Wednesday, April 27, 2011

FRANCE - Chase Françafrique, she returned to gallop

These are images that France wanted to avoid at all costs: French soldiers fired on military positions and ammunition depots in Côte d'Ivoire and UN peacekeepers to help attack the presidential palace in Abidjan. Supporters of outgoing Head of State Laurent Gbagbo accuse the French of barbarism and colonialism.

Those of Alassane Ouattara, President-elect, asking instead that Paris is heavily involved. France finds itself drawn into it despite the civil war and must now conduct a second intervention in an African country, in addition to that in which it participates in Libya. President Sarkozy had yet come into office promising to reduce the French military presence in Africa.

He wanted to normalize relations between France and its former colonies, and rid the stench of its African policy of interference and the primacy of economic interests. * Françafrique was to end. France no longer be the "gendarme of Africa", promised Sarkozy. Côte d'Ivoire provides an opportunity to practice this new reserve policy.

Rich country - compared to other African states - had long been known to be the "showcase" of France on the continent. Chaired by the "father" of independence, Felix Houphouet-Boigny, relations remained excellent. Things changed after the election of Laurent Gbagbo in 2000. The new president quickly tried to unite in hatred against France, his country ravaged by civil war.

French and Ivory Coast clashed in 2004. The crowd was hunting for French nationals in Abidjan. More than 8000 of them had to leave the country. All this did not prevent the two parties to continue to trade. The large French companies such as Bouygues and Bolloré, owned by Sarkozy's friends, are still important economic players in Abidjan.

In addition, some French Socialists maintained close relations with Laurent Gbagbo, who declared "non-practicing socialist." To prevent further turmoil between the two countries and keep France away from conflict, President Sarkozy prominently displayed its neutrality during the election campaign that pitted Alassane Ouattara Laurent Gbagbo in 2010.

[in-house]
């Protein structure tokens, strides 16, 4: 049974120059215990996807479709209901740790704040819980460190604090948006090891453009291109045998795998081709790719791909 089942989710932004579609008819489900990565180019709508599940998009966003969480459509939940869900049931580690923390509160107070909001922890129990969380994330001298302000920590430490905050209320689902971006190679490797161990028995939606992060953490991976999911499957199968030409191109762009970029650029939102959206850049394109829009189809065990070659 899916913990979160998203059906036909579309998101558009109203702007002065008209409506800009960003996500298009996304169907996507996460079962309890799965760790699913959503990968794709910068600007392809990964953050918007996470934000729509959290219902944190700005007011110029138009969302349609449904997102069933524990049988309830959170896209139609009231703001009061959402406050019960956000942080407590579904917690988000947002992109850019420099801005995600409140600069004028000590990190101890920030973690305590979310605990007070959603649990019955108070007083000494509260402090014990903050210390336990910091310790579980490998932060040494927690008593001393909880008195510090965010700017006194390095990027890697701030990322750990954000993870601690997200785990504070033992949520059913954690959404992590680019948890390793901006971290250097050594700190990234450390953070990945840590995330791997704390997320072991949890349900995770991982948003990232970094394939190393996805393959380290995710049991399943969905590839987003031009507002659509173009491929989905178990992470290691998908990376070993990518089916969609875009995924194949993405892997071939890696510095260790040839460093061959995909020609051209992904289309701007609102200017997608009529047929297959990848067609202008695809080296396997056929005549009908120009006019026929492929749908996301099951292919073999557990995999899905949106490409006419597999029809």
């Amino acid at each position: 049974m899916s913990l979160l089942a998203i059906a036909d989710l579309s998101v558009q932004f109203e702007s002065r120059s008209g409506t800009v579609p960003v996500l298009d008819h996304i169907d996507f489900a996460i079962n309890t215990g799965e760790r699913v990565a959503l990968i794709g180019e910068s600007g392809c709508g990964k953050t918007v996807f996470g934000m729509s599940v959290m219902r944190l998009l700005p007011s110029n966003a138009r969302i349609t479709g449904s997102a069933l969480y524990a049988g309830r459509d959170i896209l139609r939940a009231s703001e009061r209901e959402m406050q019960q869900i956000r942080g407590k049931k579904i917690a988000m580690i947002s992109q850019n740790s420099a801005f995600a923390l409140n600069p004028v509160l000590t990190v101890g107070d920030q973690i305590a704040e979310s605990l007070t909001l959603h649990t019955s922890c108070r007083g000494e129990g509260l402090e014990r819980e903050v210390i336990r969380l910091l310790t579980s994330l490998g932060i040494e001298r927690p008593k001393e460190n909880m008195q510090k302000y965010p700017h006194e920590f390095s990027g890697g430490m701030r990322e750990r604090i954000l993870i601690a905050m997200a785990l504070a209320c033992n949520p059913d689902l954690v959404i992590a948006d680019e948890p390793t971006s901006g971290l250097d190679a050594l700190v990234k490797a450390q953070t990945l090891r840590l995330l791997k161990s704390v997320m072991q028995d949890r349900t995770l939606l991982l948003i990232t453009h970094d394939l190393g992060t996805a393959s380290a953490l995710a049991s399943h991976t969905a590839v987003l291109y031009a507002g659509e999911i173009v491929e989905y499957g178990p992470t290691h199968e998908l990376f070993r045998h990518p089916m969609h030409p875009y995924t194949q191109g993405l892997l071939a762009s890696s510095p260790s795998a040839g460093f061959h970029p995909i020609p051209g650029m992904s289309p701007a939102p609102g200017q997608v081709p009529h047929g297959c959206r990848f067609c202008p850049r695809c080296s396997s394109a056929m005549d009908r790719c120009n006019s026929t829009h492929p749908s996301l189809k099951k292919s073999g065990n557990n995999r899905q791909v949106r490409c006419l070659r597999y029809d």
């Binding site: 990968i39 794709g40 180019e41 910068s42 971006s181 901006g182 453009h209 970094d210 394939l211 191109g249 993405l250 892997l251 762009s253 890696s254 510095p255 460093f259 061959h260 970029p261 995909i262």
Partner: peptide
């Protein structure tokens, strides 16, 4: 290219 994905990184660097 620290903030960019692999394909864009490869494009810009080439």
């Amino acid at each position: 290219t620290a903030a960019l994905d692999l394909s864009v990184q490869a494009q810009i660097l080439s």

After the victory of the latter, which was recognized by the international community, the French government asked Gbagbo to step down. He stressed however that he did not wish to intervene militarily in the civil war coming and it would only intervene if the French nationals were threatened.

Meanwhile, Paris urged the United Nations peacekeepers to protect civilians more active in Côte d'Ivoire. These days, pressure had increased significantly on Sarkozy. Both sides had engaged in Ivorian massacre. Abidjan had become the prey of violent fighting. We might witness a bloodbath among the civilian population and see the chaos spread throughout the country.

Sarkozy was asked why he was speaking not as Libya and Ivory Coast. The Rwandan genocide, during which Paris had its own admission committed serious errors of assessment, was a warning. Gbagbo's supporters were constantly rail against Paris. Two French soldiers were kidnapped by Gbagbo in Abidjan.

The 12,000 French nationals living in Côte d'Ivoire began to fear for their lives. And do not forget the economic interests of France in this country rich in oil, natural gas and various minerals. Paris could still be careful not to intervene militarily? Not according Ally Coulibaly, Ivory Coast's new ambassador to France, who declared that Paris was not to be paralyzed by its colonial complex.

"We call for a strong involvement of France." The United Nations Secretary General Ban Ki-moon has also called on Sarkozy to help UN troops to destroy the heavy weapons of Gbagbo and protect the civilian population. That's what tipped the balance: Sarkozy has sent his soldiers to fire, alongside UN peacekeepers.

What France has just search by intervening militarily in its former colony, fifty years after independence [7 August 1960]? Sarkozy can meet it acts on the basis of a Security Council resolution and the UN request. France maintains long been a force, called Licorne in Côte d'Ivoire. It recently fell from 900 to 1100 men.

The soldiers control the Abidjan airport and trying to secure thousands of French and other foreigners. On 5 April, helicopter gunships flew French again over Abidjan where the final battle was raging. Constable is back in Africa.

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